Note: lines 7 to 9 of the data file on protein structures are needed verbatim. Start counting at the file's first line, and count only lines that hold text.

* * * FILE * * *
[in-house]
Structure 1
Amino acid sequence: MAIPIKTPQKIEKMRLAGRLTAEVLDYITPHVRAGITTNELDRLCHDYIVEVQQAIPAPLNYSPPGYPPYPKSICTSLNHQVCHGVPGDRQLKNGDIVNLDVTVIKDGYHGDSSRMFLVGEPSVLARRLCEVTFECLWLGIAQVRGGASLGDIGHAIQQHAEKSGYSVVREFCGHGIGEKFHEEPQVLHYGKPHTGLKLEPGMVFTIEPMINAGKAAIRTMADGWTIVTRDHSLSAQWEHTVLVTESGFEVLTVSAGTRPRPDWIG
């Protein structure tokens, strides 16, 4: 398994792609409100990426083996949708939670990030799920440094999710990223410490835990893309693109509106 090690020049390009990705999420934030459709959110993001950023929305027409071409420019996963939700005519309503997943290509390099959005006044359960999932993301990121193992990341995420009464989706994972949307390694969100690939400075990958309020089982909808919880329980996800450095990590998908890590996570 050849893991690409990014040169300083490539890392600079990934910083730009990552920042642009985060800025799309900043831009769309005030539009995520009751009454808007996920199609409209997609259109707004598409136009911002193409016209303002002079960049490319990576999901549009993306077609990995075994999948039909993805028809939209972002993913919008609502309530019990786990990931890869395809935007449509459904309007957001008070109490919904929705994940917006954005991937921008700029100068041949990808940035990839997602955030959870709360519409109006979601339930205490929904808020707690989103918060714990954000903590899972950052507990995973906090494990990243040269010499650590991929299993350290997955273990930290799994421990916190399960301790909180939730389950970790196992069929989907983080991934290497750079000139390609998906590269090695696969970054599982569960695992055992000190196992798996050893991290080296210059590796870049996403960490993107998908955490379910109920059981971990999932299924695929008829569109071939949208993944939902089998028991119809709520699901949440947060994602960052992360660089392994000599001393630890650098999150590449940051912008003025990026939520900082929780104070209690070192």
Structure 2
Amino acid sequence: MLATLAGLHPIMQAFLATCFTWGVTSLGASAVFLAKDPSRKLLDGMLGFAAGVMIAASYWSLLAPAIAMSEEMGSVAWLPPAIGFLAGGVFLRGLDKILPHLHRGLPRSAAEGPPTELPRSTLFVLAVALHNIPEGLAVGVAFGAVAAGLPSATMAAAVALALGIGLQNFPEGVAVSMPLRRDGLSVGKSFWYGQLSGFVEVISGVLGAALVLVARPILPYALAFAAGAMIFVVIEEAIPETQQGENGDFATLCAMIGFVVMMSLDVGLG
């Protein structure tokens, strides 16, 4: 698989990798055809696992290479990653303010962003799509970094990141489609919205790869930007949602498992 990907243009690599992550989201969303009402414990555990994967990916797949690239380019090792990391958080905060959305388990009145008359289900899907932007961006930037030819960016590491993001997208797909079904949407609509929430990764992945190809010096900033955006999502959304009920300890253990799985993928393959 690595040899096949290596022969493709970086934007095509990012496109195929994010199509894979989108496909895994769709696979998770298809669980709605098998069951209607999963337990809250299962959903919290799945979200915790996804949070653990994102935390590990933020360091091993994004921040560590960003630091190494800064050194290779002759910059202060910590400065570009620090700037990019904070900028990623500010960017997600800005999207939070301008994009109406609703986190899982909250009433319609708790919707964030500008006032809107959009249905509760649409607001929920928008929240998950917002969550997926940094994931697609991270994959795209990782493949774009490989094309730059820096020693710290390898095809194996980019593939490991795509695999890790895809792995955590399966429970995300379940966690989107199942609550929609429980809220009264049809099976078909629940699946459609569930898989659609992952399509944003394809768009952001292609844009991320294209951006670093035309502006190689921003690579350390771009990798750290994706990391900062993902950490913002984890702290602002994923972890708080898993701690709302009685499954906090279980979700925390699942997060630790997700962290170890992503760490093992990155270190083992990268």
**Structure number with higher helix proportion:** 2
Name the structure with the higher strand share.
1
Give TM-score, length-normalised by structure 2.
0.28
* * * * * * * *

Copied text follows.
């Protein structure tokens, strides 16, 4: 698989990798055809696992290479990653303010962003799509970094990141489609919205790869930007949602498992 990907243009690599992550989201969303009402414990555990994967990916797949690239380019090792990391958080905060959305388990009145008359289900899907932007961006930037030819960016590491993001997208797909079904949407609509929430990764992945190809010096900033955006999502959304009920300890253990799985993928393959 690595040899096949290596022969493709970086934007095509990012496109195929994010199509894979989108496909895994769709696979998770298809669980709605098998069951209607999963337990809250299962959903919290799945979200915790996804949070653990994102935390590990933020360091091993994004921040560590960003630091190494800064050194290779002759910059202060910590400065570009620090700037990019904070900028990623500010960017997600800005999207939070301008994009109406609703986190899982909250009433319609708790919707964030500008006032809107959009249905509760649409607001929920928008929240998950917002969550997926940094994931697609991270994959795209990782493949774009490989094309730059820096020693710290390898095809194996980019593939490991795509695999890790895809792995955590399966429970995300379940966690989107199942609550929609429980809220009264049809099976078909629940699946459609569930898989659609992952399509944003394809768009952001292609844009991320294209951006670093035309502006190689921003690579350390771009990798750290994706990391900062993902950490913002984890702290602002994923972890708080898993701690709302009685499954906090279980979700925390699942997060630790997700962290170890992503760490093992990155270190083992990268």
**Structure number with higher helix proportion:** 2
Name the structure with the higher strand share.